Bangabandhu Sheikh Mujib Medical University Journal

Volume 17, Issue 1, March 2024



Intrauterine fetal death product as a foreign body in the urinary bladder: A case reportOpen access - Wikipedia


Md. Abu Nahid  A green circle with white letters

Description automatically generated, Mahmudul Hasan, Nazibul Islam, Mamun Ur Rashid Al Mamun, Md. Saiful Islam


Department of Urology, Bangabandhu Sheikh Mujib Medical University, Dhaka, Bangladesh.



Received: 13 Dec 2022; Revised version received: 23 Jan 2024; Accepted: 29 Jan 2024

Published online: 15 Feb 2024

Responsible Editor: M Mostafa Zaman A green circle with white letters

Description automatically generated; Reviewer A: Jannatul Ferdous A green circle with white letters

Description automatically generated



Foetal death is defined as death prior to the complete expulsion or extraction from its mother of a product of human conception, irrespective of the duration of pregnancy and not an induced termination of pregnancy.1 Intrauterine foetal death (IUFD) is managed by delivering the foetus though the method and timing of delivery depends on the gestational age.2 Currently, there is a paucity of literature regarding the natural history of the IUFD of foetuses in humans. D Aunoy and King have listed four changes a foetus may undergo if it is not expelled out or removed: (a) Skeletonization, where the soft parts undergo disintegration; (b) Adipocerous, where the soft parts are replaced by fatty acids soaps and salts; (c) Suppuration, where an abscess is formed, usually due to E. coli infection; (d) True lithopedion formation (stone baby) if the foetus remains in a sterile environment.3 To date, there is no literature reporting the migration of the foetal part following an IUFD from the uterus to the abdomen, urinary bladder (urinary bladder), or another part of the abdominal cavity naturally if the foetus was not removed.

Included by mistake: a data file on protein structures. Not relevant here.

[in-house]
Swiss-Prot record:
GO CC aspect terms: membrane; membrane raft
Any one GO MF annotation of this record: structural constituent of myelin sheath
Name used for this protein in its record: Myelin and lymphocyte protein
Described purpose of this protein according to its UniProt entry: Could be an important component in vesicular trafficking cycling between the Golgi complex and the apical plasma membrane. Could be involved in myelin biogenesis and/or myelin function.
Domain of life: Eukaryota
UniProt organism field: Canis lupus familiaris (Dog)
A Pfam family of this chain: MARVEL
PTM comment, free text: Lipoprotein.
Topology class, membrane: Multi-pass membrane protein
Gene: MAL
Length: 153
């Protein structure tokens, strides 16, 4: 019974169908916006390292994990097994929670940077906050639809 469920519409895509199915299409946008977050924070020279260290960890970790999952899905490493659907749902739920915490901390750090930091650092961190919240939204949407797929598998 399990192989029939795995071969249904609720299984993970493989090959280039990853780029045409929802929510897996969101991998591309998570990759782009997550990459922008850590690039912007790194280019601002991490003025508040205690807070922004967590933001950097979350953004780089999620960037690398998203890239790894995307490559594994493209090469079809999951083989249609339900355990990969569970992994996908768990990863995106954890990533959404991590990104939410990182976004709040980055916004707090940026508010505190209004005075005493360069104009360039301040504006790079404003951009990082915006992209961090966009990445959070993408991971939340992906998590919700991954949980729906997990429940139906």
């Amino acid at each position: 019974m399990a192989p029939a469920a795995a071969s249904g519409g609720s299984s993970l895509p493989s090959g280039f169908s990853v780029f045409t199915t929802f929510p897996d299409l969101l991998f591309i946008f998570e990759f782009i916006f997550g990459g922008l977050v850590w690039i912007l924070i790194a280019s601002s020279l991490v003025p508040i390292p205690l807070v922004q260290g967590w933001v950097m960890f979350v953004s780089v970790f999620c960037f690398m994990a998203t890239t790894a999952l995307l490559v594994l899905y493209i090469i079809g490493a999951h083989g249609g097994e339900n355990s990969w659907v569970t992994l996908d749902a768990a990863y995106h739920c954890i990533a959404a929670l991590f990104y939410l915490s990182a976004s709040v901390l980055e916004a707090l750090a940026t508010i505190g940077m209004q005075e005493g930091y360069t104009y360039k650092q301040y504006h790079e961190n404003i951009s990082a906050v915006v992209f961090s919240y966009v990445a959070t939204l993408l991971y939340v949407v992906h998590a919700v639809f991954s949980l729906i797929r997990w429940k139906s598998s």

The foetus itself is antigenically foreign to the mother. After an IUFD, it functions as a foreign body to be expelled. All foreign bodies tend to be absorbed, abolished, and expelled.4